appear | word including all those blessings that Call- are applicable to Christians in common; denoting an ardent wish that all the mercies and favours of God for time and eternity, blended under the general name grace, may be conferred on them. It is to be understood as connected with a word implying invocation. I pray, or I desire, that grace, &c. may be conferred on you. It is the customary form of salutation in nearly all the apostolic epistles. 1 Cor. i. 3. 2 Cor. i. 2. Gal. i. 3. Eph. i. 2. Phil. i. 2. Col. i. 2. 1 Thess. i. 1. 2 Thess. i. 2. Philem. 3. And peace. Peace is the state of freedom from As war conveys the idea of discord and numberless calamities and dangers, so peace is the opposite, and conveys the idea of concord, safety, and prosperity. Thus, to wish one peace was the same as to wish him all safety and prosperity. This form of salutation was common among the Hebrews. Gen. xliii. 23, "Peace to you! fear not." Judges vi. 23; xix. 20. Luke xxiv. 36. But the word peace is also used in contrast with that state of agitation and conflict which a sinner has with his conscience, and with God. The sinner is like the troubled sea which cannot rest. Isa. lvii. 20. Christian is at peace with God through the Lord Jesus Christ. Rom. v. 1. By this word, denoting reconciliation with God, the blessings of the Christian religion are often described in the Scriptures. Rom. viii. 6; xiv. 17; xv. 13. Gal. v. 22. Phil. iv. 7. A prayer for peace, therefore, in the epistles, is not a mere formal salutation, but has a special reference to those spiritual blessings which result from reconciliation with God through the Lord Jesus Christ. From God our Father. The Father of all Christians. He is the Father of all his creatures, as they are his offspring. Acts xvii. 28, 29. He is especially the Father of all Christians, as they have been "begotten by him to a lively hope," have been adopted into his family, and are like him. Matt. v. 45. 1 Pet. i. 3. 1 John v. 1; iii. 1, 2, The expression here is equivalent to a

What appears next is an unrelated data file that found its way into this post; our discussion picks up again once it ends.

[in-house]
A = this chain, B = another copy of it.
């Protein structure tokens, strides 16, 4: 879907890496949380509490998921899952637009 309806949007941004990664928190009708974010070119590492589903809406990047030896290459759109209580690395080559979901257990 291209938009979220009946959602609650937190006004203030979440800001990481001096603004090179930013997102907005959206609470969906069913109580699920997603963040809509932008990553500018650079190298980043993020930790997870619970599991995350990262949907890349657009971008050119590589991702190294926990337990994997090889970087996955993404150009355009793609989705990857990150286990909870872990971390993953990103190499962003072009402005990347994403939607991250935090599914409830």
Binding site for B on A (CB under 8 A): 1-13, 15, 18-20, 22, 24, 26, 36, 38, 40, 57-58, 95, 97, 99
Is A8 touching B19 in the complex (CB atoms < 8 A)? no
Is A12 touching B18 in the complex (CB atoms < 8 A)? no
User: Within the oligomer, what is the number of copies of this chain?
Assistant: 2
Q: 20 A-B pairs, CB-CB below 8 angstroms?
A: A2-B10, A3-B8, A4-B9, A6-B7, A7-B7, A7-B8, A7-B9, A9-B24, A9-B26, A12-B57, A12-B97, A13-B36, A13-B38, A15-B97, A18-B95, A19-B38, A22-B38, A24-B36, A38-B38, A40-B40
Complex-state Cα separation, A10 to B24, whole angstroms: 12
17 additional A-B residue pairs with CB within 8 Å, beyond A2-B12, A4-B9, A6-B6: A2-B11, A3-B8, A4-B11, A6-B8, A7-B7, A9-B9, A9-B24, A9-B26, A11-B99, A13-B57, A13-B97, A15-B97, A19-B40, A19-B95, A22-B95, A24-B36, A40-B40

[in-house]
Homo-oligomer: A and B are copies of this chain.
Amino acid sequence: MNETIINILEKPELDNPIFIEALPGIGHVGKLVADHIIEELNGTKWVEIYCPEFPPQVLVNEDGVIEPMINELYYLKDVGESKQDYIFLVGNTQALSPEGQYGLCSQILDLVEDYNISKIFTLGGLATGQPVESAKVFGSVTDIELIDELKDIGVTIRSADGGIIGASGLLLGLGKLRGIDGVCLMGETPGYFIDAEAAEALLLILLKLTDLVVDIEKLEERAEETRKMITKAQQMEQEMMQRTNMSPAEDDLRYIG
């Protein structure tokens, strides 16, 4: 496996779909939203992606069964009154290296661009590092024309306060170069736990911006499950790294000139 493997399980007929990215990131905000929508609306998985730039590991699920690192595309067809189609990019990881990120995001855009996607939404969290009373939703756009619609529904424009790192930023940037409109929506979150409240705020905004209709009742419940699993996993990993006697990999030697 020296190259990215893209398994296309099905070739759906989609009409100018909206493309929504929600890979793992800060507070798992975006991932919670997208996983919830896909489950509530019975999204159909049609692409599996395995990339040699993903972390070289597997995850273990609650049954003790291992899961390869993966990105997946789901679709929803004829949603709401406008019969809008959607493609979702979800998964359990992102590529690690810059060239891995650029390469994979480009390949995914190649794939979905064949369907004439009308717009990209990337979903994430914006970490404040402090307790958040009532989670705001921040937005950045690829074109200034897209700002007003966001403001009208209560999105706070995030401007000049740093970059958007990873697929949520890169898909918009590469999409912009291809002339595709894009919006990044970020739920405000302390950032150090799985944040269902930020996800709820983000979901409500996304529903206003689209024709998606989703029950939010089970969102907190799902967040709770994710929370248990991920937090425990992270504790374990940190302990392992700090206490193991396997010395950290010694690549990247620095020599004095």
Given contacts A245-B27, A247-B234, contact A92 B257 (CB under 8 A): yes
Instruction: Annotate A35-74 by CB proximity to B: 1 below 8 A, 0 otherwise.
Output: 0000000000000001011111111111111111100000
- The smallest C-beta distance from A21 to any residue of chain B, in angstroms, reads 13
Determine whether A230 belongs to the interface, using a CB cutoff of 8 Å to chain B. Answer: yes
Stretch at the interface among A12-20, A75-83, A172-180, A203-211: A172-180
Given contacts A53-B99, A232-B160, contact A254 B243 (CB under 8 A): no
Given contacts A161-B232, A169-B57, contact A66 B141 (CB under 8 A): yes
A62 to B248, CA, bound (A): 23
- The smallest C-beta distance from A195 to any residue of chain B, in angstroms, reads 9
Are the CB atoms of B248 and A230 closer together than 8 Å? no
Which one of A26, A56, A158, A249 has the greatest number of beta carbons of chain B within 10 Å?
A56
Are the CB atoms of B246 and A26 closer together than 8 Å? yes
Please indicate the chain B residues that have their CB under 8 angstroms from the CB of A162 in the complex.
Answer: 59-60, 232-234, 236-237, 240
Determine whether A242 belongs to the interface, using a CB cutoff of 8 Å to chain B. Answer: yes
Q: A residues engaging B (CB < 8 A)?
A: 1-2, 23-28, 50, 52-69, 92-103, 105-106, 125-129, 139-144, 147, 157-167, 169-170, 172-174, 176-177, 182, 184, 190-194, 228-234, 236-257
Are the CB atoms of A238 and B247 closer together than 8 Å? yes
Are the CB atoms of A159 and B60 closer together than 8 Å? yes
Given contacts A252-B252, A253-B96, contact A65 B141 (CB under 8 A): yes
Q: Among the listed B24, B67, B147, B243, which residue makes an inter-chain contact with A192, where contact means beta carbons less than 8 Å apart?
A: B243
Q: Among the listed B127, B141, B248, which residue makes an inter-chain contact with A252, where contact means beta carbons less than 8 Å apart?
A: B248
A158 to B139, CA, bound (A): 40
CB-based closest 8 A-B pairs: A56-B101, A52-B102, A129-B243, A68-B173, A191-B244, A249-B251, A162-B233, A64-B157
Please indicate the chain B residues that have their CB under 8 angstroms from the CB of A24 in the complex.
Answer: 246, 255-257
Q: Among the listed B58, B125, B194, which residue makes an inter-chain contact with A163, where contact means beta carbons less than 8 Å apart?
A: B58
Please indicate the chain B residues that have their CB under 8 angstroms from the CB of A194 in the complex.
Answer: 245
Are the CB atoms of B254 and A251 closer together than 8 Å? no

ance of this observation will
in the progress of these Notes.
ed to be saints. So called, or in-
fluenced by God who had called them,
as to become saints. The word saints,
a, means those who are holy, or
those who are devoted or consecrated
to God. The radical idea of the word
is that which is separated from a com-
mon to a sacred use, and answers to
the Hebrew word, kadosh. It
is applied to any thing that is set apart
to the service of God, to the temple, to
the sacrifices, to the utensils about
the temple, to the garments, &c. of
the priests, and to the priests them-
selves. It was applied to the Jews as
a people separated from other nations,
and devoted or consecrated to God,
while other nations were devoted to the
service of idols. It is also applied to
Christians, as being a people devoted
or set apart to the service of God. The
radical idea then, as applied to Chris-
tians, is, that they are separated from
other men, and other objects and pur-
suits, and consecrated to the service
of God. This is the peculiar charac-
teristic of the saints. And this cha-
racteristic the Roman Christians had
shown. For the use of the word as
stated above, see the following passages
of Scripture. Luke ii. 23. Ex. xiii. 2.
Rom. xi. 16. Matt. vii. 6. 1 Pet. i. 16.
Acts ix. 13. 1 Pet. ii. 5. Acts iii. 21.
Eph. iii. 5. 1 Pet. ii. 9. Phil. ii. 15. 1
John iii. 1, 2. Grace. This word
properly means favour. It is very
often used in the New Testament, and
is employed in the sense of benignity
or benevolence; felicity, or a prosper-
ous state of affairs; the Christian reli-
gion, as the highest expression of the
benevolence or favour of God; the
happiness which Christianity confers on
its friends in this and the future life;
the apostolic office; charity, or alms;
thanksgiving; joy, or pleasure; and
the benefits produced on the Chris-
tian's heart and life by religion-the
grace of meekness, patience, charity,
&c. Schleusner. In this place, and
in similar places in the beginning of
the apostolic epistles, it seems to be a

The